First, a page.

Located at ICOMOS headquarters in Paris, it collects, analyses and disseminates information on all methods of heritage conservation, notably through its bibliographic database (14,000 references on the world's architectural heritage) and a large photo library containing more than 8,000 photographs. It is open for consultation to researchers, whether or not they are members of ICOMOS.

PublicationsEdit

The regular publications of ICOMOS International are: ICOMOS News, a newsletter for members, which provides an update on the activities of the association (quarterly in French, English and Spanish); the ICOMOS Scientific Journal, published twice a year, is a thematic journal ;

The regular publications of the French Section of ICOMOS are: Le Bulletin d’information d’Icomos France; Les Cahiers de la Section Française de l’ICOMOS ; Les Dossiers techniques ; Les Mémentos techniques ; les Bulletins (dossiers des colloques); Les Enquêtes de la section française.

ICOMOS charters and doctrinal textsEdit

In the tradition of the Athens and Venice Charters, ICOMOS has, in the years since its formation, developed and adopted a number of other charters and doctrinal texts which provide guidance to heritage conservation professionals in their work. Most such documents are created by the international committees of the organisation and thereafter adopted by the triennial General Assembly. The texts each address a specific area of professional practice in the heritage conservation professions. Following the 17th ICOMOS General Assembly held in Paris in November 2011, the list of charters is as follows:[4]

  • International Charter for the Conservation and Restoration of Monuments and Sites (Venice Charter), 1964
  • Historic Gardens (Florence Charter), 1981
  • Charter for the Conservation of Historic Towns and Urban Areas (Washington Charter), 1987
  • Charter for the Protection and Management of Archaeological Heritage, 1990
  • Charter on the Protection and Management of Underwater Cultural Heritage, 1996
  • International Cultural Tourism Charter – Managing Tourism at Places of Heritage Significance, 1999
  • Principles for the Preservation of Timber Structures, 1999
  • Charter on the Built Vernacular Heritage, 1999
  • ICOMOS Charter – Principles for the Analysis, Conservation and Structural Restoration of Architectural Heritage, 2003
  • ICOMOS Principles for the Preservation and Conservation-Restoration of Wall Paintings, 2003
  • ICOMOS Charter on Cultural Routes, 2008 [5]
  • ICOMOS Charter for the Interpretation and Presentation of Cultural Heritage Sites (also known as the 'Ename Charter'), 2008
  • Joint ICOMOS – TICCIH Principles for the Conservation of Industrial Heritage Sites, Structures, Areas and Landscapes, 2011
  • The Valletta Principles for the Safeguarding and Management of Historic Cities, Towns and Urban Areas, 2011 (Supersedes the Washington Charter)
  • ICOMOS-IFLA principles concerning rural landscapes as heritage, 2017
  • Document on historic urban public parks, 2017
  • Salalah guidelines for the management of public archaeological sites, 2017
  • Principles for the conservation of wooden built heritage, 2017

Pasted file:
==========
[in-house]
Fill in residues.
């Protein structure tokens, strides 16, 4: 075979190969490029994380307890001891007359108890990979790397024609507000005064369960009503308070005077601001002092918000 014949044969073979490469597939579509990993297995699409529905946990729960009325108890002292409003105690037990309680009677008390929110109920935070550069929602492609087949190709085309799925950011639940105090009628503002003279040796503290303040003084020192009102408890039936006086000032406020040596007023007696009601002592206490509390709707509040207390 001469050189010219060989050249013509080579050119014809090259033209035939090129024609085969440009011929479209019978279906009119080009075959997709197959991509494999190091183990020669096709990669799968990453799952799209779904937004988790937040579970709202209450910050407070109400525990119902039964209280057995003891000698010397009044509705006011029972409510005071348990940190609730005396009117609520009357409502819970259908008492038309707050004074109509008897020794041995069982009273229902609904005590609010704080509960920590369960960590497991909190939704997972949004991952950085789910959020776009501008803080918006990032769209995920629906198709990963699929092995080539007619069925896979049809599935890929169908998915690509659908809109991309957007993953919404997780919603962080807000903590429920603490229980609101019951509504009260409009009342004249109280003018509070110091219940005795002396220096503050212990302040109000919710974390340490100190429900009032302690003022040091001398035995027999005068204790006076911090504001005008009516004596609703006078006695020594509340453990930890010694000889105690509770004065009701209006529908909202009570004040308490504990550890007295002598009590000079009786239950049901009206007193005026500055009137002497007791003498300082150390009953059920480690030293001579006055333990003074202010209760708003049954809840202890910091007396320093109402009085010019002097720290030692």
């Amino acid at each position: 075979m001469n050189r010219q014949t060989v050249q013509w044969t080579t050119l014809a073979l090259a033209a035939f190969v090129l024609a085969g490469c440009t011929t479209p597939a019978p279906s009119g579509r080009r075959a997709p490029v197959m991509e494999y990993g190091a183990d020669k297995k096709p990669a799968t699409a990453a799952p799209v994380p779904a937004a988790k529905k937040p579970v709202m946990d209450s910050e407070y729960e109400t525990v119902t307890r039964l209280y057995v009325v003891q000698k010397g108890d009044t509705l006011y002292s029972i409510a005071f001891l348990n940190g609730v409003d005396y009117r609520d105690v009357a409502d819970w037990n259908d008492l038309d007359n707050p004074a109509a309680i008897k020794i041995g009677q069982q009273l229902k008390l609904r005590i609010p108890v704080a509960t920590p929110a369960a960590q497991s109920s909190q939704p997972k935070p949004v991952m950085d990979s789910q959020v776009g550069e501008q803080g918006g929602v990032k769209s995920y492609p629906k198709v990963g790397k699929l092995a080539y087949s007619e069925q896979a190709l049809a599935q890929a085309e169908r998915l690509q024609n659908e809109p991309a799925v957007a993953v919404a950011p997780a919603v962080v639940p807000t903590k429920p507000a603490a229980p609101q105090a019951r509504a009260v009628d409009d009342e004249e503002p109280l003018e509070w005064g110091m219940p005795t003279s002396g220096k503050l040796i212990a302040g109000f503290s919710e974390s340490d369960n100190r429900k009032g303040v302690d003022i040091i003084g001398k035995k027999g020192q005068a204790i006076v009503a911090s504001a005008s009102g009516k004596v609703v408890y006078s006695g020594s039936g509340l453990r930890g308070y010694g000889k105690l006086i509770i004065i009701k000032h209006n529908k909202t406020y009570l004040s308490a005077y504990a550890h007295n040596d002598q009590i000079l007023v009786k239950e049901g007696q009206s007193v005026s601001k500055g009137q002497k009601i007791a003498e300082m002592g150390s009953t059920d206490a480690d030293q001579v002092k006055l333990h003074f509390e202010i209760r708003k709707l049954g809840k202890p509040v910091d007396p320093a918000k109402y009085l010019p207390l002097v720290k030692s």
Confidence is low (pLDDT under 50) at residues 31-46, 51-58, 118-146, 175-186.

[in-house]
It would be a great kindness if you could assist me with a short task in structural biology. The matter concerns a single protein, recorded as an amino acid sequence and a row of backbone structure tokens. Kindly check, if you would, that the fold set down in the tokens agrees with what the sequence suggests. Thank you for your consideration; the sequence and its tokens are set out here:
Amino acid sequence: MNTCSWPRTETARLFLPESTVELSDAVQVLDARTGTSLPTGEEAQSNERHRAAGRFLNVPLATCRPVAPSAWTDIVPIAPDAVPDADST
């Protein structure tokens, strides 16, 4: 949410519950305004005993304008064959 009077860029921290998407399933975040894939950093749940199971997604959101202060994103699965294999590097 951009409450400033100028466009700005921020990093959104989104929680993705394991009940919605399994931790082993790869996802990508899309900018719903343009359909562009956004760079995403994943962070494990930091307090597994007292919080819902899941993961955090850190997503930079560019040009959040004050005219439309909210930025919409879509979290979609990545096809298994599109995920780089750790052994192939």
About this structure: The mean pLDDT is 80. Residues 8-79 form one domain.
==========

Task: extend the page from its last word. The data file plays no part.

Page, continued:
In addition to the above there is a list of seventeen other doctrinal texts, resolutions and declarations, including the Nara Document on Authenticity. In November 1994, at the Nara Conference on Authenticity, ICOMOS published the Nara Document on Authenticity, which addresses the need for a broader understanding of cultural diversity and cultural heritage in conservation efforts involving cultural heritage sites.[6][7]

Many of the national committees of ICOMOS have adopted their own charters which set standards for heritage conservation practice at national level.[8]

ICOMOS and the World Heritage ConventionEdit

In 1972, ICOMOS was named by the UNESCO World Heritage Convention as one of the three formal advisory bodies to the World Heritage Committee, along with the International Union for Conservation of Nature (IUCN) and the International Centre for the Study of the Preservation and Restoration of Cultural Property (ICCROM). As the professional and scientific adviser to the committee on all aspects of the cultural heritage, ICOMOS is responsible for the evaluation of all nominations of cultural properties made to the World Heritage List with the criteria laid down by the World Heritage Committee. In addition to the basic criterion of “outstanding universal value,” ICOMOS evaluates nominations for aspects related to authenticity, management, and conservation as specified in the World Heritage Convention.

The evaluation of nominations involves consultation between the wide-ranging expertise represented by the organization’s membership and its national and scientific committees. Members are also sent on expert missions to carry out on-site evaluations of nominated properties. This extensive consultation results in the preparation of detailed recommendations that are submitted to the World Heritage Committee at its annual meetings.

ICOMOS is also involved, through its International Secretariat and its national and scientific committees, in the preparation of reports on the state of conservation of properties inscribed on the World Heritage List. It advises the UNESCO World Heritage Centre on requests for technical assistance received from states that are party to (i.e. have ratified) the World Heritage Convention. ICOMOS maintains a full archive of nominations and reports at the documentation centre at its Paris headquarters.